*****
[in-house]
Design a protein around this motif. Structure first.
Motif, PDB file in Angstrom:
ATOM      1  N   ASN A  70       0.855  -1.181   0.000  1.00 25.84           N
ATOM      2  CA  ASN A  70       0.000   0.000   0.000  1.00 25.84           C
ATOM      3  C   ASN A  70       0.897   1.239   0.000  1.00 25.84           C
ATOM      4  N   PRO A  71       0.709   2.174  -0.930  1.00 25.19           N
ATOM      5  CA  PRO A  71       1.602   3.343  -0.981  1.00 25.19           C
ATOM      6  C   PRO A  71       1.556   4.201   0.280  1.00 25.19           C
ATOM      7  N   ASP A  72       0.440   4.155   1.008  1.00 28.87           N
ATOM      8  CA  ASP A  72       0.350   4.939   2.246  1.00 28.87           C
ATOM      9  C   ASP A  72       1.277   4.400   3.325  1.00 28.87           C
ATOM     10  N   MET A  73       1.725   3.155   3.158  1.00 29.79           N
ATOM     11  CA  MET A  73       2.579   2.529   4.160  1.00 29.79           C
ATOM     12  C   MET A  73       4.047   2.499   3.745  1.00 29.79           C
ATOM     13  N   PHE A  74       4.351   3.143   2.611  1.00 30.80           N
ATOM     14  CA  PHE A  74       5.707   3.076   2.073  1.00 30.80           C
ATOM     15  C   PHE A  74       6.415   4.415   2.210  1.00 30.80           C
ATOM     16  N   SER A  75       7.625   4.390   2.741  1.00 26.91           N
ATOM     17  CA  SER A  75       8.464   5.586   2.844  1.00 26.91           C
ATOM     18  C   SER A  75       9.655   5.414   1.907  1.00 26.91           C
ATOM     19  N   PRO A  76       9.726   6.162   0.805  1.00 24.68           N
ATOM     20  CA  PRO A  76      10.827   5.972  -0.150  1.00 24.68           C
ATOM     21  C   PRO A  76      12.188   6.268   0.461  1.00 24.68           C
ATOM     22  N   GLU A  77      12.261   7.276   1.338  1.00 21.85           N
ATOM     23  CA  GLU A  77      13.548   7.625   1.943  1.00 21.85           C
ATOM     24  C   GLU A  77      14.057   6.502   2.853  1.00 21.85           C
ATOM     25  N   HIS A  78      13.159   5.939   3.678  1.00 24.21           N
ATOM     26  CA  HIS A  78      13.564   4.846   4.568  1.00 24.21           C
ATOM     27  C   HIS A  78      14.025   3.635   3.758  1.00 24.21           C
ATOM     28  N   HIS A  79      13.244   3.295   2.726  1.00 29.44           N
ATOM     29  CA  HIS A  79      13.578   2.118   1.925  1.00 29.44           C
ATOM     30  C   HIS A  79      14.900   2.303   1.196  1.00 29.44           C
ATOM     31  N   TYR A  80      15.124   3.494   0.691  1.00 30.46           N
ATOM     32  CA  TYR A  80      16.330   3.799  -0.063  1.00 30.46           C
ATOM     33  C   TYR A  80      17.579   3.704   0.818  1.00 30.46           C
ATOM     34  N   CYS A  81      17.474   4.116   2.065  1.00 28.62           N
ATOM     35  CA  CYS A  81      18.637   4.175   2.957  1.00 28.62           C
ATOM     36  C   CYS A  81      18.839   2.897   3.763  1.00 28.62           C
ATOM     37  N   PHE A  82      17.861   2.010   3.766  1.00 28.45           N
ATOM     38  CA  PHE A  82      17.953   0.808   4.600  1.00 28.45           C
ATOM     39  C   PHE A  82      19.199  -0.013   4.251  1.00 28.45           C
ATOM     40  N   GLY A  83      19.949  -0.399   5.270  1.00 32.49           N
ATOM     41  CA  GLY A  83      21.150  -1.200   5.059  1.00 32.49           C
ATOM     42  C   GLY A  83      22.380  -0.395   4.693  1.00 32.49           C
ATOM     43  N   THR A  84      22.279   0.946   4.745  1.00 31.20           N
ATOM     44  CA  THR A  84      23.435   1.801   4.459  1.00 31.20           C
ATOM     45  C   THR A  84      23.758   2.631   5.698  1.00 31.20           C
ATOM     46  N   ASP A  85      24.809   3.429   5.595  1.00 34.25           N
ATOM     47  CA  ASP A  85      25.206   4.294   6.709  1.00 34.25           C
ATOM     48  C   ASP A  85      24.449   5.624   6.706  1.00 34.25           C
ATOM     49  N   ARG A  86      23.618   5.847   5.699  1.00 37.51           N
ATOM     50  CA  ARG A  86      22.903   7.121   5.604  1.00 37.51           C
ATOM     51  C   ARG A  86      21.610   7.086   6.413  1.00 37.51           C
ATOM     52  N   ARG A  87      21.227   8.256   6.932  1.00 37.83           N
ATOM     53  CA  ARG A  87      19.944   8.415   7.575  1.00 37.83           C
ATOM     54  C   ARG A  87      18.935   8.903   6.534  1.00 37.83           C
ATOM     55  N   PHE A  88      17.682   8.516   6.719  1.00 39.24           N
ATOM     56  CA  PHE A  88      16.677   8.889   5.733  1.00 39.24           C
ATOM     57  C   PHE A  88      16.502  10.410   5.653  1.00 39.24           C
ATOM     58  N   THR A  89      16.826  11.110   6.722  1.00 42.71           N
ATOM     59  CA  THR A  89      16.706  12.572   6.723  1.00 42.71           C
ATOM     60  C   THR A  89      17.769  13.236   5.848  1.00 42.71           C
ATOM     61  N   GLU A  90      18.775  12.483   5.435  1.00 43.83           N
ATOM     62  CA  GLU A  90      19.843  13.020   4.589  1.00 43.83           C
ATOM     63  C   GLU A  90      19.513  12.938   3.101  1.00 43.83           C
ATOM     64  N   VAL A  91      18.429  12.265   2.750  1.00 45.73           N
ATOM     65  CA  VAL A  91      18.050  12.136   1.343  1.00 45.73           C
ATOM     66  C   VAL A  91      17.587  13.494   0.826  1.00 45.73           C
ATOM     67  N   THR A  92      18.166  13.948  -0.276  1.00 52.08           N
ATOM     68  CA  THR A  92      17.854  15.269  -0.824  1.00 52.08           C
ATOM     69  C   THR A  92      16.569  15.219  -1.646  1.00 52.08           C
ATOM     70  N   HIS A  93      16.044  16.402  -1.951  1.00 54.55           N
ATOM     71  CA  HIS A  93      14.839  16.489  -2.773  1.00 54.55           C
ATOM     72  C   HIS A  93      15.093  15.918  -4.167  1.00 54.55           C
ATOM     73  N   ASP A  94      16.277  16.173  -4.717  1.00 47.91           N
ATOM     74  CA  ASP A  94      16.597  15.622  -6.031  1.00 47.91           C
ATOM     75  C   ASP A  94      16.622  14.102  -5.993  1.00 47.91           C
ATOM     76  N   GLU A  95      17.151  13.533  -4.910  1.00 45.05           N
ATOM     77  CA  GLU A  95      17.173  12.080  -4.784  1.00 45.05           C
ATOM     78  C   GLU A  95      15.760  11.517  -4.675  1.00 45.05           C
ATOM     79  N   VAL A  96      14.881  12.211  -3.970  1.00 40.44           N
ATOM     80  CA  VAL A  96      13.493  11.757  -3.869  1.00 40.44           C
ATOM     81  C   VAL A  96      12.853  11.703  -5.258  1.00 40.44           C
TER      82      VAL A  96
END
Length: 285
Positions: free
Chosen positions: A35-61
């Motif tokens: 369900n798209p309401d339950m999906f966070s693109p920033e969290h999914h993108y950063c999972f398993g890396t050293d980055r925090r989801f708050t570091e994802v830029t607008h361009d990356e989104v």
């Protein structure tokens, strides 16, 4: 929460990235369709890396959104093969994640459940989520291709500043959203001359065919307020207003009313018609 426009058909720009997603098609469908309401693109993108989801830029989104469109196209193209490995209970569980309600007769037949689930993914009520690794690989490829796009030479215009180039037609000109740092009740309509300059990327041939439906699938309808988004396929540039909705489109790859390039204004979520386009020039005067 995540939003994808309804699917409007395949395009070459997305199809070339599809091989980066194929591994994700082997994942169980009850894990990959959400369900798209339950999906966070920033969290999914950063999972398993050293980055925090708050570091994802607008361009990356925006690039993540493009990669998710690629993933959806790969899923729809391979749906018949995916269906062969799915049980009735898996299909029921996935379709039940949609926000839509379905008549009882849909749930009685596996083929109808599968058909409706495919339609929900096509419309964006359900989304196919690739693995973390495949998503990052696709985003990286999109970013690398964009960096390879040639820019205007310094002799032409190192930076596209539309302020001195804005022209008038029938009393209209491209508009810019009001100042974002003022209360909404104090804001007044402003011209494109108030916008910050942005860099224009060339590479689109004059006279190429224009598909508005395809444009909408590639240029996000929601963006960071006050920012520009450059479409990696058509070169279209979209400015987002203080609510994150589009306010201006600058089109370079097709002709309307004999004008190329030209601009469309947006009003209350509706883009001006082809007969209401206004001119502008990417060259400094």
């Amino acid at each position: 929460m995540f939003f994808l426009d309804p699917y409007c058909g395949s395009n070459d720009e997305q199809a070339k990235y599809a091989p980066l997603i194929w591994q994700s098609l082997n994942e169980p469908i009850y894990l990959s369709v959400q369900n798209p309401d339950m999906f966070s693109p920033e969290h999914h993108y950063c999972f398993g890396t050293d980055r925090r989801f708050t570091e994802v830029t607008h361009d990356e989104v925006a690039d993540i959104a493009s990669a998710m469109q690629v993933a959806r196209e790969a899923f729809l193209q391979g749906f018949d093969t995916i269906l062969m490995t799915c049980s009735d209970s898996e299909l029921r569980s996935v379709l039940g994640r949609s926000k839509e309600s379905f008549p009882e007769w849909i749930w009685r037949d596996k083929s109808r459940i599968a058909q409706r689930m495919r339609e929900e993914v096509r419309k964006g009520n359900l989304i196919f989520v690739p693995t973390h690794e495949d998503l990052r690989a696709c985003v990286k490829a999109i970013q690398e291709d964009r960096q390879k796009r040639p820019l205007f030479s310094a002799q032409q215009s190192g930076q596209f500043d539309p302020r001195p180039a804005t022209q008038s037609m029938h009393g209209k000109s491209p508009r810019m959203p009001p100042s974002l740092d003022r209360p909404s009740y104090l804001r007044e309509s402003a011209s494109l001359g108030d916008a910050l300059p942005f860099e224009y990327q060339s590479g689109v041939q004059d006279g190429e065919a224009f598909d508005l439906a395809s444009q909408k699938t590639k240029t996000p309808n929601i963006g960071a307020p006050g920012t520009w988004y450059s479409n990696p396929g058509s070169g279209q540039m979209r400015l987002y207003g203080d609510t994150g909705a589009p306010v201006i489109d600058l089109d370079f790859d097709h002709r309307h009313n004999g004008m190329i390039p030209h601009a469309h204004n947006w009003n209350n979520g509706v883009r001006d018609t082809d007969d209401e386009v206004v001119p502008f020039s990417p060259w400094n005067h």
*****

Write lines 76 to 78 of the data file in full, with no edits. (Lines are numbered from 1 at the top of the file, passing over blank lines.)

ATOM     73  N   ASP A  94      16.277  16.173  -4.717  1.00 47.91           N
ATOM     74  CA  ASP A  94      16.597  15.622  -6.031  1.00 47.91           C
ATOM     75  C   ASP A  94      16.622  14.102  -5.993  1.00 47.91           C